Fossils of the Oxford Clay


Palaeontological Association Field Guide to Fossils No 4

Edited by David M Martill and John D Hudson

Over the years (this guide was published in 1991), PalAss has created a wonderful library of guides to (usually) UK fossils, which the professional and amateur can use to identify and learn about the fossils they have found or want to find.

Fossils of the Oxford Clay was the fourth published and covers the eponymous Jurassic Oxford Clay, which has been the major source of brick clay in the UK, notwithstanding the closures of clay pits in the Peterborough area over the years since this was published.

The clay contains a diverse and exceptionally well preserved fauna. This guide is the first (and, as far as I am aware, the only) to contain descriptions of the entire fauna in a single volume. The introduction describes the geological setting and discusses aspects of the paleoecology. Then, ten chapters, each written by a different expert in their field, deal with all the major macroinvertebrate groups (including the glorious pyrite ammonites that can be found), some of the microinvertebrates, and the famous vertebrate fauna, such as ichthyosaurs, plesiosaurs and dinosaurs.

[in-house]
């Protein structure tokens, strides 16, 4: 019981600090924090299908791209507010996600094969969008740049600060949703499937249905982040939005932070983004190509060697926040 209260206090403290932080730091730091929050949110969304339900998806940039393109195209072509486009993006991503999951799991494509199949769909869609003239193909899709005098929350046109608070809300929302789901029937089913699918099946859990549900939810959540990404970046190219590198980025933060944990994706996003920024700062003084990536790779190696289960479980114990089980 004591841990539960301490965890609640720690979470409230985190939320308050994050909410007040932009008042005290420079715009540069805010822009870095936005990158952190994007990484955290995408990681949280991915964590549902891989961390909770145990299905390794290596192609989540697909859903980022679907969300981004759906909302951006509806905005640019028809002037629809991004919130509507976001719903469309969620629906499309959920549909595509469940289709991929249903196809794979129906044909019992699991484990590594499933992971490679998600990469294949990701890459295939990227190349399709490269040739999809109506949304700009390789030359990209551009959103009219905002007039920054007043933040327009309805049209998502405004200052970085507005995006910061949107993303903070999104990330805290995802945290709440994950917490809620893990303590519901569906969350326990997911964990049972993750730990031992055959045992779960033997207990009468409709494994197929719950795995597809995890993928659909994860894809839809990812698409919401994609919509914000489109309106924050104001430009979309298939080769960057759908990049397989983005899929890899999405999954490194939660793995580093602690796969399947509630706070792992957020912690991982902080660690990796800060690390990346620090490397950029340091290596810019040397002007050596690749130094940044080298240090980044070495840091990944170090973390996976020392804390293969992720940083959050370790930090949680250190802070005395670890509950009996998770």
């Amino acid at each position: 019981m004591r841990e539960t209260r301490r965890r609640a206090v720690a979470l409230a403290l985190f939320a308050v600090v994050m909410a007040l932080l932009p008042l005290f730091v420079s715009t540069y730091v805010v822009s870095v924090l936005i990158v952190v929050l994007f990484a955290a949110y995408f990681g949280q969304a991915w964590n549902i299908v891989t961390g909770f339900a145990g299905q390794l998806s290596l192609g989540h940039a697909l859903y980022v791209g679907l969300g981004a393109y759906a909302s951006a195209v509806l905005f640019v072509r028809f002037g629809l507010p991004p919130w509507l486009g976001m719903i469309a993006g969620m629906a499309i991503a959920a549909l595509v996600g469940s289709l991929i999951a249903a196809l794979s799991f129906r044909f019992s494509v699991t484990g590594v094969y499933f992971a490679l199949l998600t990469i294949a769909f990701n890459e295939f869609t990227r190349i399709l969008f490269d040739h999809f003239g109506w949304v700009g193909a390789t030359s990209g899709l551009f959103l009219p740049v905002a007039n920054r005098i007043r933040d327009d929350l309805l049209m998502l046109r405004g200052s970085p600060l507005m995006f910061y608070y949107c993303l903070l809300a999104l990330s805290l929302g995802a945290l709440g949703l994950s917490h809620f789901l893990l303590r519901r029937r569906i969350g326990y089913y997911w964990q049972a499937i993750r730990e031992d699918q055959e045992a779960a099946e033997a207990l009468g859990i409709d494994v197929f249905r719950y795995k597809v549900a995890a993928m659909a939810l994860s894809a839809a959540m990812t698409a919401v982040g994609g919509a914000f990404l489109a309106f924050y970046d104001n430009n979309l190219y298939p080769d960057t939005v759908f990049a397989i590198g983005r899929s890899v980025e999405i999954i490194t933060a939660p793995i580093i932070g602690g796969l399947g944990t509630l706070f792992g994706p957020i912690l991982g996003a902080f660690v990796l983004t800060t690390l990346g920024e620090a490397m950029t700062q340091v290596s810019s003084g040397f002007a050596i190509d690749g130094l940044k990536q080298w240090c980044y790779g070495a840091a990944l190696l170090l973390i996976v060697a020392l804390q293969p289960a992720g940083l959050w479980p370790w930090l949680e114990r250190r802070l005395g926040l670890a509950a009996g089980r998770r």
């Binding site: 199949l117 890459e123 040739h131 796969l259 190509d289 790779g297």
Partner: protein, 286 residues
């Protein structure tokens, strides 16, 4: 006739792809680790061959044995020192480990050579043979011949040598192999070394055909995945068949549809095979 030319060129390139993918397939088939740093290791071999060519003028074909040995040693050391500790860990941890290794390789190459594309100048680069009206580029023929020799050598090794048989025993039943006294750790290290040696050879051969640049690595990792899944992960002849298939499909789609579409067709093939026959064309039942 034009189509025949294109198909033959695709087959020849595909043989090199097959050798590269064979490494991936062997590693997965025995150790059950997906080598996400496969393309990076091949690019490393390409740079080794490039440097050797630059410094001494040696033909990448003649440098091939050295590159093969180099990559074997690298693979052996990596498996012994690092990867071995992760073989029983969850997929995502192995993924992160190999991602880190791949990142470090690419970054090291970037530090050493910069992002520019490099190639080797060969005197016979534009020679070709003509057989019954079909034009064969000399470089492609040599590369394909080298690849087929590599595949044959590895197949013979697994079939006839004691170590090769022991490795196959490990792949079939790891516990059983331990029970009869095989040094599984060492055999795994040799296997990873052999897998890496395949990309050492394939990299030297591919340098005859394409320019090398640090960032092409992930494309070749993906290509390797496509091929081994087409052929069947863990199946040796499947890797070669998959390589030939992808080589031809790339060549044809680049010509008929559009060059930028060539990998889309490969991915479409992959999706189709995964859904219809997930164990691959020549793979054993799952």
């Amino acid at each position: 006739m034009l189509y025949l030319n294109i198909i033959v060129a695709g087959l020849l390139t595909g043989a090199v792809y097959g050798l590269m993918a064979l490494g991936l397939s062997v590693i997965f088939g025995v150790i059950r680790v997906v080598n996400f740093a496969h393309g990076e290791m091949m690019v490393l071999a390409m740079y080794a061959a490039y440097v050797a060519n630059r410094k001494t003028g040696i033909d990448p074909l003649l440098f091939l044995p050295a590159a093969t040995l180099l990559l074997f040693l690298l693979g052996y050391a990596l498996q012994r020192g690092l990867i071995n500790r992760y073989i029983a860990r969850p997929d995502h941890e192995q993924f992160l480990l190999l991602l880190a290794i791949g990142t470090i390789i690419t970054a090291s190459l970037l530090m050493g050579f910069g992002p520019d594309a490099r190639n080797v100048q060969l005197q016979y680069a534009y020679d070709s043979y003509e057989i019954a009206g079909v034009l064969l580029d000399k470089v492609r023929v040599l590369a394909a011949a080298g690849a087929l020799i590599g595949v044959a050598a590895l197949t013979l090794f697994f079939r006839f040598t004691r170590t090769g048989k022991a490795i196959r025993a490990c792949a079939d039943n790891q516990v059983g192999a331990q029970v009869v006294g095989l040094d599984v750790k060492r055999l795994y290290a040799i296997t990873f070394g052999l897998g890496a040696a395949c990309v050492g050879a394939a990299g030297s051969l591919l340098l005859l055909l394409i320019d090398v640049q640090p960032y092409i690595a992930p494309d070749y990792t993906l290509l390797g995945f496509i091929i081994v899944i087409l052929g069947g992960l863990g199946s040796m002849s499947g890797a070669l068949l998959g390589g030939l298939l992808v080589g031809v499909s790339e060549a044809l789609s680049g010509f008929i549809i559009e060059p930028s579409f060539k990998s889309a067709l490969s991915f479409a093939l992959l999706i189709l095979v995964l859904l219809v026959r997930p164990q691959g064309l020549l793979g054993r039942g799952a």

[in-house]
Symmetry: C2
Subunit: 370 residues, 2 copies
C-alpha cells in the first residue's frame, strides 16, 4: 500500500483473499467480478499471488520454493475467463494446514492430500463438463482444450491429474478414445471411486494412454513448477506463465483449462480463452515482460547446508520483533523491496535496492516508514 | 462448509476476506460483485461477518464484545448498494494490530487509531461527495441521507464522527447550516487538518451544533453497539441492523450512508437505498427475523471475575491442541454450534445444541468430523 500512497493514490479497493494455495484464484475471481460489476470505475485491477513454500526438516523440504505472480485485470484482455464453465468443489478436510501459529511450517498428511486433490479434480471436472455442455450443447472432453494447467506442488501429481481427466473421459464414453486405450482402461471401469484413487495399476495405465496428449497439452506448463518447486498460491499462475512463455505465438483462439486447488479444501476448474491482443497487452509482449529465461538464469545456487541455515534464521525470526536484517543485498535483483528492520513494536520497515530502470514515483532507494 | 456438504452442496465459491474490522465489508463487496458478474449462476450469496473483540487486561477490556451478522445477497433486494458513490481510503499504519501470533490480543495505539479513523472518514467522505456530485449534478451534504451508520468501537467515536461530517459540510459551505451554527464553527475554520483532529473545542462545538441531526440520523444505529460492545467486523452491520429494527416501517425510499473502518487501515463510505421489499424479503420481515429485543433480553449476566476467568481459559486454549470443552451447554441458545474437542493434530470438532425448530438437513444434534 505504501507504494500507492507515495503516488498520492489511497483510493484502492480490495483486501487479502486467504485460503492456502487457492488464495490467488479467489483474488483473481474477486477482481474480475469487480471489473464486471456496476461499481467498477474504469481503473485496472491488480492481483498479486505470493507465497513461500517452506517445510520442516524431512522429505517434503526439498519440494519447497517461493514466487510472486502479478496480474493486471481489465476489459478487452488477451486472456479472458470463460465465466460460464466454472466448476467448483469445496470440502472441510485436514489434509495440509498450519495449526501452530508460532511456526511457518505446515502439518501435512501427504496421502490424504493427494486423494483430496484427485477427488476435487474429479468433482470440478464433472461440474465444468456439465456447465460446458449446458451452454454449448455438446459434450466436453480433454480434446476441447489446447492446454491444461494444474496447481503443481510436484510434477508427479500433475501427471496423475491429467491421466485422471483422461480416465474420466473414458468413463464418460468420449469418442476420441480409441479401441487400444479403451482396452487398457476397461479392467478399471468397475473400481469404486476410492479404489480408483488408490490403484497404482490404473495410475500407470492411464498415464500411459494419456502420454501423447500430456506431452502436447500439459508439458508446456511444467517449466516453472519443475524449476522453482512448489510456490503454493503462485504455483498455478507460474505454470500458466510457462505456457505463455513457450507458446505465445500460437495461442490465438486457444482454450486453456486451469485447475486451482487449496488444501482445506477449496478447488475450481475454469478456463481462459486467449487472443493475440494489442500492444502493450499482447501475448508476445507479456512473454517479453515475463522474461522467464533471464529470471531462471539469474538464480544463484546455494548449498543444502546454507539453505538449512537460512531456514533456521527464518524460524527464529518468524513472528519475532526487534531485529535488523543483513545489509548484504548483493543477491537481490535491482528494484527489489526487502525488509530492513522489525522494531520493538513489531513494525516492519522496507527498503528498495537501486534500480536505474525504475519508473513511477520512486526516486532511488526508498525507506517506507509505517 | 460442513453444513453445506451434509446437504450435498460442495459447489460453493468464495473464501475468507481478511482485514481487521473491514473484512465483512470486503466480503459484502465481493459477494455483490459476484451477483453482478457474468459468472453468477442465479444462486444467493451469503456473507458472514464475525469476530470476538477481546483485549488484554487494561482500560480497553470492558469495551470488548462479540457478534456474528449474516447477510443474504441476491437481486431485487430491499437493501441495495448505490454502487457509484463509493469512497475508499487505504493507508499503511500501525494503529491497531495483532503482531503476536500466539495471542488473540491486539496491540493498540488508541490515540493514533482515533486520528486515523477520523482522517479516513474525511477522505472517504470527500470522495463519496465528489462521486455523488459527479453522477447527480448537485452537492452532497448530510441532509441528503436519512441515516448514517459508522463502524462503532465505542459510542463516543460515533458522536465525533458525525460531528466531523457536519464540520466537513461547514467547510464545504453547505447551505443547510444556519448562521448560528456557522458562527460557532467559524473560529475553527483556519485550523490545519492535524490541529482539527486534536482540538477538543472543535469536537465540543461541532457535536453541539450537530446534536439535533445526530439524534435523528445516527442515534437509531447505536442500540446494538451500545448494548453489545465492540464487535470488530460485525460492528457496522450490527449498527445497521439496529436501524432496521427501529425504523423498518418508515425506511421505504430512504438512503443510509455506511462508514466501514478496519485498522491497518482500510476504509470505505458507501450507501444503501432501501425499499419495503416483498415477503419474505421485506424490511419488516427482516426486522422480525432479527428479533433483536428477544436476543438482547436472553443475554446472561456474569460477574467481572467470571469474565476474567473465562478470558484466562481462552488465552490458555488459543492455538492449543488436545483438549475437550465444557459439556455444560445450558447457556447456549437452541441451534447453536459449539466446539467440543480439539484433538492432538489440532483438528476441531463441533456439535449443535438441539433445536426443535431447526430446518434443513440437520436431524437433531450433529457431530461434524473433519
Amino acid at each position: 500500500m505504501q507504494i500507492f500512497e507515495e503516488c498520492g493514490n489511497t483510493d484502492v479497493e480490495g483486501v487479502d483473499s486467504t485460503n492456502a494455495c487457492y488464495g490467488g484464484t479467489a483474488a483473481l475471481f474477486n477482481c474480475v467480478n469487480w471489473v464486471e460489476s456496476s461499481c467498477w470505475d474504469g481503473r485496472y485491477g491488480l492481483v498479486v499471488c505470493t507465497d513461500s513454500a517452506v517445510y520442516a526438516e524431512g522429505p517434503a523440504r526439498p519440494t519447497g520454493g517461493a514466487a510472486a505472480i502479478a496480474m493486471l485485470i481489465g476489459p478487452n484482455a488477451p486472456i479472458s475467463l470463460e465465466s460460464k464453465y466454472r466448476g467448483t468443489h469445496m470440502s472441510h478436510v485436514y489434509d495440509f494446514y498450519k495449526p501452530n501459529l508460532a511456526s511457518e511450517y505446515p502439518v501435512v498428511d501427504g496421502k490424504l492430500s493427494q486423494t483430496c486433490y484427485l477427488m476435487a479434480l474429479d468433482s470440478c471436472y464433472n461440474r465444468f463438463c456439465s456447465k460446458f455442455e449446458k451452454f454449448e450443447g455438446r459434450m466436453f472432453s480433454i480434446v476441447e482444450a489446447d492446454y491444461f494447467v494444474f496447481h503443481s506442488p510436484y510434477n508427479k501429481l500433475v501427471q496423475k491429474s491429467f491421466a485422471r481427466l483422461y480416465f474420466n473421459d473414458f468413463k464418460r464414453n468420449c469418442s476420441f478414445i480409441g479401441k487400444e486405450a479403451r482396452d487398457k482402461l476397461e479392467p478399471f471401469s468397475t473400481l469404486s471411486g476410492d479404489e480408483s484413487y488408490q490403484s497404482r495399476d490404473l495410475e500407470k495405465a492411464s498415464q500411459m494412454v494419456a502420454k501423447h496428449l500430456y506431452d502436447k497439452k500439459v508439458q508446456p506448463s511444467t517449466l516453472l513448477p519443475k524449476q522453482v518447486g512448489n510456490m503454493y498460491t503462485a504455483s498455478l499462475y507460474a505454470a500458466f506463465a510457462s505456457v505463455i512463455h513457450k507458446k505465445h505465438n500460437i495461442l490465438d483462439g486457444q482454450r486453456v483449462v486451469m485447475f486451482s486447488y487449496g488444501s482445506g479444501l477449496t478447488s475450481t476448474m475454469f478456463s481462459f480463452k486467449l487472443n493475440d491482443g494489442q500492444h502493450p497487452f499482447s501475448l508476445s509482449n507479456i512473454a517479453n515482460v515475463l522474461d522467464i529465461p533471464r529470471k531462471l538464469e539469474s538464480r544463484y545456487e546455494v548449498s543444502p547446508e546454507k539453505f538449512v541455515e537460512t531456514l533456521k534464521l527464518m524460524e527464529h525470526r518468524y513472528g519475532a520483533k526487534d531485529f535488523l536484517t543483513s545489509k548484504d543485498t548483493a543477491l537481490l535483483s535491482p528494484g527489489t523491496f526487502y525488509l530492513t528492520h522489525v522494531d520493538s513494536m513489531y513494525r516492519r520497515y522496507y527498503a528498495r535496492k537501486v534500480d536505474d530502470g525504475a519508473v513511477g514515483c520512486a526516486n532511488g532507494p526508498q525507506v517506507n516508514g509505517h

With extensive black and white photographs, the chapters cover:

  • Bivalves.
  • Gastropods and scaphopods.
  • Ammonites.
  • Other cephalopods (belemnites, nautilids and ‘Teuthids’.
  • Brachiopods.
  • Other invertebrates (such as foraminifera and arthropods).
  • Fish.
  • Marine reptiles.
  • Terrestrial reptiles (including dinosaurs).

In addition, useful appendices provide the collector with a list of important fossil localities (not all of which are now available) and the locations of museums with collections of comparative material (which do, on the whole, still exist).

I would agree with PalAss that:

This book is a definitive guide to our current knowledge of Oxford Clay faunal diversity. It is an essential purchase for all those interested in Jurassic paleontology.”

Fossils of the Oxford Clay: Guide No 4, edited by David M Martill and John D Hudson, The Palaeontological Association, London (1991), 286 pages (paperback), ISBN: 0901702463

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